"The proposal is an exciting opportunity to create a unique mixed-use community, with the most notable element being the central courtyard," says Charles Arbez, Director of Development, Hullmark. "Encompassing over 20,000 square feet, we envision the courtyard to feel like a community market, including flexible programming, spill-over from the artist/maker spaces, and supported by the new residential units above. We are also excited to explore sustainable technologies, including geothermal systems, for the project."
The development would also feature space for creators and artists to work their magic. "Approximately 20,000 square feet has been allocated for flexible studio space and we are working with Akin Collective, a Toronto-based arts organization, on the design of the studio spaces," says Arbez.
The project seems to have a Liberty Village and Distillery District vibe to it in terms of both it becoming a destination in its own right and with its retention of historic elements in the form of repurposed buildings and original design elements.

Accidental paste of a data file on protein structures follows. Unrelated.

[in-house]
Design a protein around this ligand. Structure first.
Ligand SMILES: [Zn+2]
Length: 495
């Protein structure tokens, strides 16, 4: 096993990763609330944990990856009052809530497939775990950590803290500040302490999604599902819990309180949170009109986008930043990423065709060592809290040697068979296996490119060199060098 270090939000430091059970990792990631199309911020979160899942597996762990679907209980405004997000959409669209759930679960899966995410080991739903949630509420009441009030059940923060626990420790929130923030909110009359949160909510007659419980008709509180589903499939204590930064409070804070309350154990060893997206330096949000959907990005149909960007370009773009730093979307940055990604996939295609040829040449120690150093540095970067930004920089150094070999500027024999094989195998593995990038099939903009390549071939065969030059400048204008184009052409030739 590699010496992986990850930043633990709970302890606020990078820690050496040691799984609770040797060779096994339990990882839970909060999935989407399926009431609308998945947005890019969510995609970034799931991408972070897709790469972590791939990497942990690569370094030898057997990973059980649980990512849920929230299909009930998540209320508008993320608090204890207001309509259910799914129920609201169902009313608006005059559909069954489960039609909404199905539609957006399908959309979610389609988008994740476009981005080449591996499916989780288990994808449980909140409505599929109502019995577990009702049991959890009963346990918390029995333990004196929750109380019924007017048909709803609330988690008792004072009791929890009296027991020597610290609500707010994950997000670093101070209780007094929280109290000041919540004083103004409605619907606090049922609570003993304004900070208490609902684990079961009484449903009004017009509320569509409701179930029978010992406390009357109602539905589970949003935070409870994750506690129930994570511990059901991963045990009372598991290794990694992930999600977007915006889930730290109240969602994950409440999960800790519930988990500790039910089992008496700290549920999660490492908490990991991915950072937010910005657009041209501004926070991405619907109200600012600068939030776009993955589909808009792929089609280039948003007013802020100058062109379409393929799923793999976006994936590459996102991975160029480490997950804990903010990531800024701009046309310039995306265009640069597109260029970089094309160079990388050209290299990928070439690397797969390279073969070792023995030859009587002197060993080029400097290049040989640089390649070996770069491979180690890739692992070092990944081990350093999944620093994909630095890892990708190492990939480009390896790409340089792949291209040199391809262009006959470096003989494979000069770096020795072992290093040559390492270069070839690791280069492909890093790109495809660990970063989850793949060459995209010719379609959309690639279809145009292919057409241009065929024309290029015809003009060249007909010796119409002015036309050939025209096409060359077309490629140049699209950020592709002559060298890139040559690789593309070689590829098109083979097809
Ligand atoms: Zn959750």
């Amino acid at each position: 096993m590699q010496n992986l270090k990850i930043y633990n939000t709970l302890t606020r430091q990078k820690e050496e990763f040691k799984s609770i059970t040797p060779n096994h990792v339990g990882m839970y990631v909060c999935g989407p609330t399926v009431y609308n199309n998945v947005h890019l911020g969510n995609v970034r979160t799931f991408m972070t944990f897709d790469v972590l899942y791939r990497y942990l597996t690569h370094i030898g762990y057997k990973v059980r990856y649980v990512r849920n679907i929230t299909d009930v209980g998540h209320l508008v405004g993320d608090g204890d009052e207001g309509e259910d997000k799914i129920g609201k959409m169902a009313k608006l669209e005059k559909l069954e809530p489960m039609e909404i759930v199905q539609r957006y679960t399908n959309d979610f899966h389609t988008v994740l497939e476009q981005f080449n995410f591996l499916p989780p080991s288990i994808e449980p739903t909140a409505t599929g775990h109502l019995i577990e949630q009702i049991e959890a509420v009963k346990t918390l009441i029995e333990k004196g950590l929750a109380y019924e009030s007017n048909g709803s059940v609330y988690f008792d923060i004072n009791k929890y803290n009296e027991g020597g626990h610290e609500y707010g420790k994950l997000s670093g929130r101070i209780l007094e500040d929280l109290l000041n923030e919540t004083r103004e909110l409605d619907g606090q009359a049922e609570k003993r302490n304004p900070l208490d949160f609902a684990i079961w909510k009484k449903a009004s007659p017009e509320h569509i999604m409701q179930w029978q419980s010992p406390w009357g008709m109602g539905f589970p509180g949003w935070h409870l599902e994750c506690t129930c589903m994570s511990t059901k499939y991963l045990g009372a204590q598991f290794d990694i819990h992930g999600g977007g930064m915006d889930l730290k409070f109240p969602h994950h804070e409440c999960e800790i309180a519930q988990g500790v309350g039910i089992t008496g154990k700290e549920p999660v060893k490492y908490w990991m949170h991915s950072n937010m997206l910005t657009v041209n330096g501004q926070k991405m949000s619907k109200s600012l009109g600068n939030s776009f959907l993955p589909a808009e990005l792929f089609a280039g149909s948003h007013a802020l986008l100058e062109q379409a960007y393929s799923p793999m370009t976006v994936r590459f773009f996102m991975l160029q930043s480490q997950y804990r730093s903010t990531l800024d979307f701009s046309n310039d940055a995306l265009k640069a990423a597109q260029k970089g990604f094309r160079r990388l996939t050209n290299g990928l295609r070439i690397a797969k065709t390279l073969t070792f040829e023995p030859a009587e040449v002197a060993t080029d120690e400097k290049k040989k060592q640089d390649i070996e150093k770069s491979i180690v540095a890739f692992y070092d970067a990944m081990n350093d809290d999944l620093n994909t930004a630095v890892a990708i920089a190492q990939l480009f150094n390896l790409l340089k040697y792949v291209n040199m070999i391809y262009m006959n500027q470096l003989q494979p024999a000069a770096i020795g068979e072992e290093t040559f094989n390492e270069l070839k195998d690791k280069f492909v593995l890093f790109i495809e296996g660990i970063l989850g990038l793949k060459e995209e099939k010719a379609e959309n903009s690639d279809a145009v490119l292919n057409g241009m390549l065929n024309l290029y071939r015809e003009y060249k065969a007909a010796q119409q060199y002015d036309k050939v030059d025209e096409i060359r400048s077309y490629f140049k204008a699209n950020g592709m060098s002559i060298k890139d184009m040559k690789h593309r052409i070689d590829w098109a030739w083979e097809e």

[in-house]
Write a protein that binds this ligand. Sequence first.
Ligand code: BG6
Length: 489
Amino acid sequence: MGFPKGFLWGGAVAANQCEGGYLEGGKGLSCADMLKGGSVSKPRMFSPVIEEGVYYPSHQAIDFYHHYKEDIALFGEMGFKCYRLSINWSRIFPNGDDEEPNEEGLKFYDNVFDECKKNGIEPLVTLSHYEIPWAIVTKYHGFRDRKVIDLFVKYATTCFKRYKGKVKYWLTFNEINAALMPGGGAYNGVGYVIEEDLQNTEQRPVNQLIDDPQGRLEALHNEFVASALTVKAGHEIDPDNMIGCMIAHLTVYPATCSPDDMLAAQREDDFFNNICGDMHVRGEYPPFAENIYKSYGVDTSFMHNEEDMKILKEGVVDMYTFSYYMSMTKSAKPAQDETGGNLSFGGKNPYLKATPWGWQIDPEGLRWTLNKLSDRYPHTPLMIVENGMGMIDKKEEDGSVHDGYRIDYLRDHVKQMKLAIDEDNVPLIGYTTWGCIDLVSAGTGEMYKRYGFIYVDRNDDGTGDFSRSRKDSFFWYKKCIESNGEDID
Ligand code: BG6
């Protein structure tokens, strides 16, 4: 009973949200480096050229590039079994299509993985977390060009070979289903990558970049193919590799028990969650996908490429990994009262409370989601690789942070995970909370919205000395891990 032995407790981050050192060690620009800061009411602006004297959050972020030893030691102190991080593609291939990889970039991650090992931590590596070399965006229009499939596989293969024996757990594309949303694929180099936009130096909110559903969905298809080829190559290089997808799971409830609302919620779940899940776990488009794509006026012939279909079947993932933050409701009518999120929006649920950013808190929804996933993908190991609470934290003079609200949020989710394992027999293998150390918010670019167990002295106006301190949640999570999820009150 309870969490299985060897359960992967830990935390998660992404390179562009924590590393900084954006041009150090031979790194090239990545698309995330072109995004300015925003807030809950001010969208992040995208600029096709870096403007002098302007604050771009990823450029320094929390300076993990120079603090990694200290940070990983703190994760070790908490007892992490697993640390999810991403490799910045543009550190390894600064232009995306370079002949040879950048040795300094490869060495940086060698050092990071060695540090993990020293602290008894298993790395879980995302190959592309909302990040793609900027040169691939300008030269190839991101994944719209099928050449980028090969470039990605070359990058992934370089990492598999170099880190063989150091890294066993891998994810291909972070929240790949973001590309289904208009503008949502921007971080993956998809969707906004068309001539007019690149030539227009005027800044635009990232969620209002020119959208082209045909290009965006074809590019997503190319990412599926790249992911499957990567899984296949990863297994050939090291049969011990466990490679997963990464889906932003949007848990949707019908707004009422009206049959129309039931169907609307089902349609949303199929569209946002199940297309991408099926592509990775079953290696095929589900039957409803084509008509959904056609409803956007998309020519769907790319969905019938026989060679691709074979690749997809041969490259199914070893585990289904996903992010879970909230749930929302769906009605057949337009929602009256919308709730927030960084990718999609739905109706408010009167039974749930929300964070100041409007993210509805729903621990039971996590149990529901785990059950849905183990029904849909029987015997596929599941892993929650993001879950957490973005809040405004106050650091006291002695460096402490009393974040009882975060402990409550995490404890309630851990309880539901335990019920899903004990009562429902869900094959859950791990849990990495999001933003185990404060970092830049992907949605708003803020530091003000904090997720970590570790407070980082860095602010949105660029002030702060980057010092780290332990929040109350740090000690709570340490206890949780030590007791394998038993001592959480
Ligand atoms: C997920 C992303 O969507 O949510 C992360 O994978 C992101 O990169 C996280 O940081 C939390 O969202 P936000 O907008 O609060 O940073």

While the original buildings have changed over the years, they still retain some of their Victorian era detailing. According to the proposal, certain portions of the existing buildings are proposed to be retained on site and incorporated into the redevelopment scheme. "Specifically, the existing building at 350 Dufferin Street will be retained in-situ and a portion of the existing façade along Dufferin Street and on the western laneway will also be retained, with the base buildings, podiums, and central courtyard paying homage to the historical industrial uses on the Site and in the Parkdale area," reads the application's cover letter.
"Maintaining the historic massing around the courtyard and conserving higher-integrity building elements for community uses is key to our approach, together with sympathetic new construction," says Arbez. "While the original Dominion Radiator Company Factory complex was partially destroyed by fires in the 1930s and 50s and rebuilt, we plan to retain portions of the façades, integrating them into the residential podiums, and reinstating the original industrial chimneys at 350 Dufferin Street. Public art elements will also support the creative and industrial legacies of both the complex and the Parkdale neighbourhood."